HuffPost reports that Vice-President Mike Pence has specified Google would launch a pilot project Monday for risk assessment, after Trump’s national address saw Verily — a subsidiary of parent company Alphabet — clarify on Twitter that it only had a site in “early stages of development” ahead of testing across the San Francisco Bay Area, “with the hope of expanding more broadly over time.”
Studies into the virus are flying thick and fast, so see below for some recent highlights:
- Science has interviewed an infectious disease specialist on their promising, if very early trial of antiviral drug Remdesivir on a coronavirus patient at the University of California Davis Medical Center;
- The Washington Post has spoken to health experts on the massive disparity in infections and fatalities between children and old people, and why it’s so different to virus such as seasonal influenza that remain dangerous to both aged groups;
- another Science article examines existing research on the effectiveness of disinfectants against the virus; in short, they can deactivate coronaviruses on indoor surfaces, but there’s less evidence they can do much outdoors where exposure to surfaces is likely to be limited;
- researchers at The Conversation have explored the social and psychological impacts of a coronavirus lockdown, and what Australians can do to cope with ‘cabin fever’ while social distancing; and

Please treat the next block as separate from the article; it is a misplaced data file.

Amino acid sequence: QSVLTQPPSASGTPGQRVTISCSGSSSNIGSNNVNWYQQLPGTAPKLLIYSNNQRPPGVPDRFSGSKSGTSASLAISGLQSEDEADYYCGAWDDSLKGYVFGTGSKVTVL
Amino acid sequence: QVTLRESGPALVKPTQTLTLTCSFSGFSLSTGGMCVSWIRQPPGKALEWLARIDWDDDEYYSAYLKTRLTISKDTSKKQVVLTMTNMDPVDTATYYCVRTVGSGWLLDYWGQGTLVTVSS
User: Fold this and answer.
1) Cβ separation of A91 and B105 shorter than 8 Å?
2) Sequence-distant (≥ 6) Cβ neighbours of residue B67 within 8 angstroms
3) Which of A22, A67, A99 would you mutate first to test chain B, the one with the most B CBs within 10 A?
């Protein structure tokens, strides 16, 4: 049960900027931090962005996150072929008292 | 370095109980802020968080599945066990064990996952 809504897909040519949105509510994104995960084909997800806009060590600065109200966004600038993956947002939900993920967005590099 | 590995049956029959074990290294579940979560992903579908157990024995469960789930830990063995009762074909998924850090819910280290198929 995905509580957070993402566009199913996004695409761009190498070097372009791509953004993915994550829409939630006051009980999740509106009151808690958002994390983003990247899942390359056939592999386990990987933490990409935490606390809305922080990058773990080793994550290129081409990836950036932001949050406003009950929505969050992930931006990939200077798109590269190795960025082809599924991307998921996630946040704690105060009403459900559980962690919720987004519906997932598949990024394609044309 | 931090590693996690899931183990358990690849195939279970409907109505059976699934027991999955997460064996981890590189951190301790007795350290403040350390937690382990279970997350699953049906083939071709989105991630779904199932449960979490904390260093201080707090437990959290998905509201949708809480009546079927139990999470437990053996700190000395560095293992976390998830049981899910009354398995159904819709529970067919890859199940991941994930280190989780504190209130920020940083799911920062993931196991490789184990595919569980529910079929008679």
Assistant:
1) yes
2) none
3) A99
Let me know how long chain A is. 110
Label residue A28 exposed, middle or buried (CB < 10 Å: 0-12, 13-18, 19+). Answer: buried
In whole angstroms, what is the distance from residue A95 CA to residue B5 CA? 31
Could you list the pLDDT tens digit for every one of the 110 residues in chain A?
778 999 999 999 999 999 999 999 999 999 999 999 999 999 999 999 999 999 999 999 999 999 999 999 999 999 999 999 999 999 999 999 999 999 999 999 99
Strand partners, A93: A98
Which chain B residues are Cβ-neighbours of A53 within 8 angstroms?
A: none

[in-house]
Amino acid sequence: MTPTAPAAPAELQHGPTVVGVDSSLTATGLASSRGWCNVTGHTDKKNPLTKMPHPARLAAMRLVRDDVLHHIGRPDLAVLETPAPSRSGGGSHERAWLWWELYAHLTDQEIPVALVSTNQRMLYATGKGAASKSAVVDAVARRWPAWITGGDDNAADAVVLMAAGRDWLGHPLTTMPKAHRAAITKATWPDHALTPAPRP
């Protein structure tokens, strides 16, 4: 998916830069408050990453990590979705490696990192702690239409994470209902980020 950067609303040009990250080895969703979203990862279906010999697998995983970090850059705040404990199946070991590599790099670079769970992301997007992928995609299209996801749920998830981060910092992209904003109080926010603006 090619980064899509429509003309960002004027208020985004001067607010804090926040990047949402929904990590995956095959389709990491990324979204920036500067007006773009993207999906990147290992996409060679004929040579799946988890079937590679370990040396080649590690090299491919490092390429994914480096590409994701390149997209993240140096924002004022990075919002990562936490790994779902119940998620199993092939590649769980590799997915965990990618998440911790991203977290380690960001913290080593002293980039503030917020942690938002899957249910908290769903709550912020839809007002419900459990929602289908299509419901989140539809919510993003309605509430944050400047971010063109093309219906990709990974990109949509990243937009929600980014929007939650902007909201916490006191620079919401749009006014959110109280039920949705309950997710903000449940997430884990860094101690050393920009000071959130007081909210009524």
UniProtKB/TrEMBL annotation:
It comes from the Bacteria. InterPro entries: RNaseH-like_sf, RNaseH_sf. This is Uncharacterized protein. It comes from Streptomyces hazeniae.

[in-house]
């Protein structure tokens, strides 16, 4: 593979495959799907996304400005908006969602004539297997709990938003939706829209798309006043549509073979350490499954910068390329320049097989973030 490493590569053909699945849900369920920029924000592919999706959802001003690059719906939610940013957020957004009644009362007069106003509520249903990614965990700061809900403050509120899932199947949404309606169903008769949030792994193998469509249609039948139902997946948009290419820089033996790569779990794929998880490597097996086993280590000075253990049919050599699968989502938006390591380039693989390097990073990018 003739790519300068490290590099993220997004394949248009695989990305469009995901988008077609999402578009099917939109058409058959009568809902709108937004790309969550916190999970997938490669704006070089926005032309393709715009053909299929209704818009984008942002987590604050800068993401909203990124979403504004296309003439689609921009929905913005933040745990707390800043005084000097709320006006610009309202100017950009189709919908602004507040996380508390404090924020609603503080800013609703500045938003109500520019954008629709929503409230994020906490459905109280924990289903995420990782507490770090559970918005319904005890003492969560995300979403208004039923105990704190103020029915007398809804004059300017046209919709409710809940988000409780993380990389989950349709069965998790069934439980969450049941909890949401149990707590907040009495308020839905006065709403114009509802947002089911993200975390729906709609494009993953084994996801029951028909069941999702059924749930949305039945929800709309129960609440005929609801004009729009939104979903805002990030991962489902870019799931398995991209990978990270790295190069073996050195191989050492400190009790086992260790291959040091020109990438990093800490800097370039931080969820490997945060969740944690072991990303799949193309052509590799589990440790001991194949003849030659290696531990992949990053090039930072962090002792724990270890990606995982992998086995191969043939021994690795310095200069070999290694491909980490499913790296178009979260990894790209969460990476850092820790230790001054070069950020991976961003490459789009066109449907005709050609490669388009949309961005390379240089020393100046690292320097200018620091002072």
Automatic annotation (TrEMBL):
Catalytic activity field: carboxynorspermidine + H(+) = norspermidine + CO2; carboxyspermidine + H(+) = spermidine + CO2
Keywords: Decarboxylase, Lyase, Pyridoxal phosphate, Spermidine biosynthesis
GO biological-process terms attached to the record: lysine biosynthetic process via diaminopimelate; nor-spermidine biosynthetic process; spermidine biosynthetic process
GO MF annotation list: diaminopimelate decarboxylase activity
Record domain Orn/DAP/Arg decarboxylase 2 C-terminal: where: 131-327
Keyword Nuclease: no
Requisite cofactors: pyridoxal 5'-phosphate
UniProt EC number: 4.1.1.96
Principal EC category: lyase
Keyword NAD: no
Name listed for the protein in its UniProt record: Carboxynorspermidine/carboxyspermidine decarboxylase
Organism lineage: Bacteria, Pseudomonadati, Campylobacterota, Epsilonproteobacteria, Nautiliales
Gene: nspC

- in an interesting, if not entirely applicable data simulation, the Washington Post reveals how a fictional, non-fatal virus operating under four different scenarios — free for all, attempted quarantine, moderate distancing and social distancing (below) — can lead to wildly different trajectories for recovered, healthy and sick people.
UK raises the white flag?
Across the pond, the UK has diverged from WHO advice and international precedent with a radically-defeatist policy incorporating three core strategies: much more staggered social distancing measures; wartime-like quarantines for sick and elderly populations; and developing “herd immunity” to the virus through the general population.
As analyses by The Guardian and Sydney Morning Herald explain, the theory is based on modelling from senior health officials that between 60-70 percent of the population would need to become infected to achieve herd immunity — it should be stressed, however, that “herd immunity” generally relates to the desired outcome of a national immunisation programs, not infectious diseases; it has not been demonstrated that people who have recovered from strains of the virus cannot be infected again; and that the plan would require an almost impossible distancing between vulnerable and not-vulnerable populations.
While the Johnson government has maintained a slow and steady approach by not cancelling schools and universities, or banning non-essential travel, they did flip on mass gatherings Friday after aged care homes, sporting bodies, and even the Queen acted unilaterally.
Nice policy of the day goes to…
An IGA in Altona, Melbourne has announced special early opening hours for senior and disability card holders, an initiative aimed at reducing stress over essential items that — at least on the face of it — could additionally help limit exposure to infected members of the public.